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July 08, 2003

Why archaeology isn't always taken seriously

Check it:


Viewed from above, Perks suggests Stonehenge's inner bluestone circle represents the labia minora and the giant outer sarsen stone circle is the labia majora. The altar stone is the clitoris and the open center is the birth canal.

Posted by razib at 01:07 PM




Archaeology isn't taken seriously?! But everyone loves the Leakeys.

Posted by: Jason Malloy at July 8, 2003 02:38 PM


well...almost everybody, anyway.

Posted by: Jason Malloy at July 8, 2003 02:44 PM


Where do they come up with this shit??

Posted by: duende at July 8, 2003 06:01 PM


the leakys are paleoanthropologists....

Posted by: razib at July 8, 2003 06:59 PM


Consilience yo. Mary and Louis were both archaeologists.

Archaeology complemented the anthropology. For instance Mary Leakey was able to prove that habilis and astralopithecene lived at the same time by studying the tools they made.

Posted by: Jason Malloy at July 8, 2003 07:52 PM


well, OK, u win ;)

Posted by: razib at July 8, 2003 09:07 PM


makes sense to me

Posted by: fredrik at July 9, 2003 12:05 AM


Hey, guys, you're way off base. Don't let Andrea Dworkin and the ecofeminists drive you crazy. The various premodern peoples often had bizarre symbolism centered on sex, childbirth, and genitalia. Whereas we moderns are always very sensible on sexual topics. They were weird, not sensible people like me and you, and it's the archaeologist's job to figure them out. I have no idea whether this theory is right or not, but my guess is that even if it's wrong, the real motive for Stonehenge was just as weird.

Posted by: zizka at July 9, 2003 04:15 PM


well-i don't know if the guy is right or wrong, would need to look at a paper summarizing his methods & results, but my first reaction was to laugh. people don't laugh at cosmology, economics, etc. so it's easier to take those subjects more seriously. but it seems in archaeology everything turns into a "phallic votive offering," and later it turns out to be a shoe-horn or something prosaic. i think that's pretty funny, and hard to take seriously....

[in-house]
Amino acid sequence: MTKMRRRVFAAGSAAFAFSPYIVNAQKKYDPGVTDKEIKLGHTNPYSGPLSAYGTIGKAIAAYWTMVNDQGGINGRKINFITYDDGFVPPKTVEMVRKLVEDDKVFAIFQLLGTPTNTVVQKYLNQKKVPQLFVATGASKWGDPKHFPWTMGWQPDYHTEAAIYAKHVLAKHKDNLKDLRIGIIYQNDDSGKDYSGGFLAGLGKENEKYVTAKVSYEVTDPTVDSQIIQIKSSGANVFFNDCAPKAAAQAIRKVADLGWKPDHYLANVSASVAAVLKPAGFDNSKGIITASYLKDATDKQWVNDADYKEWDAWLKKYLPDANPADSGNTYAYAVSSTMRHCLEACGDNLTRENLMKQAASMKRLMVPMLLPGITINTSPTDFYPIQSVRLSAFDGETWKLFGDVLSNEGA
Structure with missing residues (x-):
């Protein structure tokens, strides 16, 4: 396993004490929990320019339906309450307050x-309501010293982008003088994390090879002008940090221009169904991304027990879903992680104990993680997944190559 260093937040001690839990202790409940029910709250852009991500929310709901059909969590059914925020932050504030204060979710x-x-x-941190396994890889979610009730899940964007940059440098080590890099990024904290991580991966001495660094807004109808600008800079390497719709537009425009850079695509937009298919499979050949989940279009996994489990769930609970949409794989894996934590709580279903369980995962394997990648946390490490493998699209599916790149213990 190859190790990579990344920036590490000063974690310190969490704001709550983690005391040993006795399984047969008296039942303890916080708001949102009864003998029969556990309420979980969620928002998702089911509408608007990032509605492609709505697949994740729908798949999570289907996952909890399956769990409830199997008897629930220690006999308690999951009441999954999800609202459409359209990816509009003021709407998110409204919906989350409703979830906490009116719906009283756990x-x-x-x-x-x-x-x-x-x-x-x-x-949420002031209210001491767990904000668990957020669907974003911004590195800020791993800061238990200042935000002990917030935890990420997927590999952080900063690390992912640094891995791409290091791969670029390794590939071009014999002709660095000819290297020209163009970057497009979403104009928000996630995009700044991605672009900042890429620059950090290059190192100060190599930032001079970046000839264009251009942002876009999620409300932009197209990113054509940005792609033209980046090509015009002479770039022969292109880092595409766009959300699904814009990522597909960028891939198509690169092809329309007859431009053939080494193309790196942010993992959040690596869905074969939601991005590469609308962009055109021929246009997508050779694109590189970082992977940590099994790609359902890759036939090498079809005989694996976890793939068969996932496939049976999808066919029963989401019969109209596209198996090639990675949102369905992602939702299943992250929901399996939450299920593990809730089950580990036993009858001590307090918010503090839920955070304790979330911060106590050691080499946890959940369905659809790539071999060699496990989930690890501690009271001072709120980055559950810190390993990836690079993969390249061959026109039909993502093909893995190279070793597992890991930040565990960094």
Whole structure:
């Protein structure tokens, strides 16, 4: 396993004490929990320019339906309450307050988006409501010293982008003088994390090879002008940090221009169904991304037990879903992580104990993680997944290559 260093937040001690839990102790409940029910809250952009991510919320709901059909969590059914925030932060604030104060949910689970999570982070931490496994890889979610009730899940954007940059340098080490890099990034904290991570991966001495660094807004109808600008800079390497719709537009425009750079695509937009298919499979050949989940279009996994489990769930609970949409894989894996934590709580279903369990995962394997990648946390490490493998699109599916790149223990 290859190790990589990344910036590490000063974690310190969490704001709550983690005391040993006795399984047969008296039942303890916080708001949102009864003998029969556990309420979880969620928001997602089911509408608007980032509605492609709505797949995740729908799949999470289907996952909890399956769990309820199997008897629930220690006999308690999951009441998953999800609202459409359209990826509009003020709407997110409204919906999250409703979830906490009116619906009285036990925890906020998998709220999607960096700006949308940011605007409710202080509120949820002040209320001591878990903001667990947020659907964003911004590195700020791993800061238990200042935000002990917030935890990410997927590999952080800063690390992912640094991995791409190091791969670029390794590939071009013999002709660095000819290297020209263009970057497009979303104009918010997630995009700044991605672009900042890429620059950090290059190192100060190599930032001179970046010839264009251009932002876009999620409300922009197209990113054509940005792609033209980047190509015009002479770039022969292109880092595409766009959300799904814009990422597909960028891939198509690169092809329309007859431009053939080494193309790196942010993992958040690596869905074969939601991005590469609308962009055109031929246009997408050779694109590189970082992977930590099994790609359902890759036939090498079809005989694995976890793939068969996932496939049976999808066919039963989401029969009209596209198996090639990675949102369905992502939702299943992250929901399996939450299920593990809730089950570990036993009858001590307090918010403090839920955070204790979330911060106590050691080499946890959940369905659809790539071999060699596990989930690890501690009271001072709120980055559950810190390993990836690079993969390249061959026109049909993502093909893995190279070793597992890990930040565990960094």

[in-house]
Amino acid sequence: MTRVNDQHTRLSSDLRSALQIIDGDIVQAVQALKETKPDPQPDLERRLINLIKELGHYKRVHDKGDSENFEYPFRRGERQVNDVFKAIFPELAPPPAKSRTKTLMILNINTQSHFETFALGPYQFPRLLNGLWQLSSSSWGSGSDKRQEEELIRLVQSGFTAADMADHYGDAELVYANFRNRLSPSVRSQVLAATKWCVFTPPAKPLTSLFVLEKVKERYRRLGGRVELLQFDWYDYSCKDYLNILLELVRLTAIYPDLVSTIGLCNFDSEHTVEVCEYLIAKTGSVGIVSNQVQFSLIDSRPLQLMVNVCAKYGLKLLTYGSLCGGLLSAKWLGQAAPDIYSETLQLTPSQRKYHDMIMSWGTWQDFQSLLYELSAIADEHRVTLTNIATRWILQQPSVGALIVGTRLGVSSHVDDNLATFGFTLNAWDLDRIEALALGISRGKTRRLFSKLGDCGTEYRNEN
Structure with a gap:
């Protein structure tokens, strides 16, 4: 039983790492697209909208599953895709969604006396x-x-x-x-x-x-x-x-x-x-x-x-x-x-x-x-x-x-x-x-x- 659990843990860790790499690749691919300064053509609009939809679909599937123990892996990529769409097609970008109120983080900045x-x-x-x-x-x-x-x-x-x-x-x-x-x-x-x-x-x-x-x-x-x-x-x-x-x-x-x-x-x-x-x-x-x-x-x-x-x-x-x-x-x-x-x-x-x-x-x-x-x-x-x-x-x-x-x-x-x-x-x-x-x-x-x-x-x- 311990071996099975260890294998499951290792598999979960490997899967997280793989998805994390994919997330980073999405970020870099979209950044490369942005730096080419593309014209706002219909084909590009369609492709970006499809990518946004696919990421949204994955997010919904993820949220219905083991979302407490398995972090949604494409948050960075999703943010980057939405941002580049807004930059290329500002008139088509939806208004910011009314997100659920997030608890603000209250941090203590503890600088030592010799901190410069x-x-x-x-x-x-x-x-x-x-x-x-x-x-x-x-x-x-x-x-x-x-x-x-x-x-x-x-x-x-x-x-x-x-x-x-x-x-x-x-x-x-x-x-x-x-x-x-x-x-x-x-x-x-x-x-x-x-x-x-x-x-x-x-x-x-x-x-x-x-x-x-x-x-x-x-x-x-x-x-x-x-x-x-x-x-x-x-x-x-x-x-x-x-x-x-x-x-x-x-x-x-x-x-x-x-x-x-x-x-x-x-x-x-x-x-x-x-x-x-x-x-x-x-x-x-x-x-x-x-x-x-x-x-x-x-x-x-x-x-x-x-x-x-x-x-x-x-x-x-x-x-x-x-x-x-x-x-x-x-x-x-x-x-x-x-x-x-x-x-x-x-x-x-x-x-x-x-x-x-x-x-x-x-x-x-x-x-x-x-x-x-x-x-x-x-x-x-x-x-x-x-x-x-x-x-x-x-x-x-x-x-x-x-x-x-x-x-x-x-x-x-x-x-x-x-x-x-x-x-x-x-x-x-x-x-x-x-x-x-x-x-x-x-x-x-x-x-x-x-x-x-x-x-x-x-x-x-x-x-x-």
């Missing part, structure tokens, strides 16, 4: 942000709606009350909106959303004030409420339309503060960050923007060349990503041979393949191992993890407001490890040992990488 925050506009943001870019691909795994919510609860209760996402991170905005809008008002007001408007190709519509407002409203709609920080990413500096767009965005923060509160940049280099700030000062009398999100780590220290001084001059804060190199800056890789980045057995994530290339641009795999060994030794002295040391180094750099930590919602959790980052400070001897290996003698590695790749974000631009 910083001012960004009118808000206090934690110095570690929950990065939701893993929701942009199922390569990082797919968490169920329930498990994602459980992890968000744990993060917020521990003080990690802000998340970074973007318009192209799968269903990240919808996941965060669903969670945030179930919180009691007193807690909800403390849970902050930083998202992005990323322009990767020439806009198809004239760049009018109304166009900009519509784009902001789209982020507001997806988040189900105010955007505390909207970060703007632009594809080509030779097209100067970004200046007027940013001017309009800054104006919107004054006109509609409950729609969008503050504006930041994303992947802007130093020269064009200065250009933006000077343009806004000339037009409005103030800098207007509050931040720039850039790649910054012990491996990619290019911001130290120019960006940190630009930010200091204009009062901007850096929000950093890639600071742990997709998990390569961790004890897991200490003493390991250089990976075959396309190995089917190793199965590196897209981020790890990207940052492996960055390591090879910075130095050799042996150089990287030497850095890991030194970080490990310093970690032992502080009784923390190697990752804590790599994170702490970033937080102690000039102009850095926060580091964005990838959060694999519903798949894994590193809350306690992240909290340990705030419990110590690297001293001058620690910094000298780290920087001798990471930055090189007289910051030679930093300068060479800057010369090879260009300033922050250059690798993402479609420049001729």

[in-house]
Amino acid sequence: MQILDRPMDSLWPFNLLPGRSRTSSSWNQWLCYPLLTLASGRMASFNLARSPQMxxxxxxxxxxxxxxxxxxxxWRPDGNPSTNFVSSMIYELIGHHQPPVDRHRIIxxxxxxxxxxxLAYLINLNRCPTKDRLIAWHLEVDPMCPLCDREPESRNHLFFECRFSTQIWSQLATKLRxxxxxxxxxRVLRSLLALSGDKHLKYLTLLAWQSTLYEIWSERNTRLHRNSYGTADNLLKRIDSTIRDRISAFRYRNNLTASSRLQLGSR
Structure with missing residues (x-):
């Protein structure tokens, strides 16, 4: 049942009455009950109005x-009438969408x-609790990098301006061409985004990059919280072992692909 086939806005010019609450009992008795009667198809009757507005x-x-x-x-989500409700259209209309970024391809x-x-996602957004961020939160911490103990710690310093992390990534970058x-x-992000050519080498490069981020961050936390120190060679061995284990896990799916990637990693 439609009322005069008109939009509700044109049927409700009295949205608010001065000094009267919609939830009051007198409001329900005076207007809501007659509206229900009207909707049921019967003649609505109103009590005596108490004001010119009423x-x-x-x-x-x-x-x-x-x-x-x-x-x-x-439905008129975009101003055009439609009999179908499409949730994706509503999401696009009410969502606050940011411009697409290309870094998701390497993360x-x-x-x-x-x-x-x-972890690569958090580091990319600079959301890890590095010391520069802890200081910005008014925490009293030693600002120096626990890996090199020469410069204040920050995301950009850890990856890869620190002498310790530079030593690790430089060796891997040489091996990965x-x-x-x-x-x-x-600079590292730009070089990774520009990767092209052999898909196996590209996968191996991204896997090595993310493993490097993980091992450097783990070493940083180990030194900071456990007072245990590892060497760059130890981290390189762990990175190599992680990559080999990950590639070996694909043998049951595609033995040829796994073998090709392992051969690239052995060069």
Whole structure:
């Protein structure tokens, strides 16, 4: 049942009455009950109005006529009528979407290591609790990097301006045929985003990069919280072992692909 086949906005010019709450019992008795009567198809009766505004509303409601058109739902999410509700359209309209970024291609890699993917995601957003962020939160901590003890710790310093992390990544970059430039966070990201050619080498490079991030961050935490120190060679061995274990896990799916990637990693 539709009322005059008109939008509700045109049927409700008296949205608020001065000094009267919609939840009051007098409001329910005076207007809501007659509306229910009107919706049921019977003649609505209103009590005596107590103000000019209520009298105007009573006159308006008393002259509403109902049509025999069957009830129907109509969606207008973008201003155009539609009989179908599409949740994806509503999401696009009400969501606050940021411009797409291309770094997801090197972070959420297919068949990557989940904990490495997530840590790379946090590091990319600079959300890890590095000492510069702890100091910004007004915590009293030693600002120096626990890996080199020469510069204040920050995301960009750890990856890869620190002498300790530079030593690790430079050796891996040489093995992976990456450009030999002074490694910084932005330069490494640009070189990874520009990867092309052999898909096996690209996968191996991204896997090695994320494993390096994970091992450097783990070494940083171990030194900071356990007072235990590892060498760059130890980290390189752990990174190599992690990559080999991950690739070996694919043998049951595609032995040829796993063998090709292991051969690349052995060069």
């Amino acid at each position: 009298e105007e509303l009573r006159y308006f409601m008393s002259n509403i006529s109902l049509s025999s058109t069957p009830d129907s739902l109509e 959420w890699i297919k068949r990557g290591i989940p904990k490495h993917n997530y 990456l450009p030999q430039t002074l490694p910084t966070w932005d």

Posted by: razib at July 9, 2003 04:27 PM


OK now. Suppose that Stonehenge consisted of two round mounds of equal size. And at the top of each mound was a circle colored reddish-brown. And in the middle of each reddish-brown circle was a reddish-brown, gumdrop-shaped stone with a hole bored through it which seems to have been used to dispense some kind of liquid, perhaps beer. Wouldn't you guess what they were and just assume that it was some kind of primitive frat-house?

Posted by: zizka at July 10, 2003 09:33 AM


Considering the well-accepted fact that Stonehenge was built in at least four phases over some two thousand years, with various parts being removed, modified, reused or replaced (and sometimes all of the above) and new portions being added, I think it's a bit brash to argue that there was ever a single overarching theme or purpose behind the construction... especially one so simple as a genital representation. The components listed in Perks' description were placed at three different times, many tens of generations apart, and the original configuration looked nothing like the present one (e.g., there were no stones at all!).

I'm with razib; this one seriously needs to be hooted down!

Posted by: Troy at July 12, 2003 04:28 PM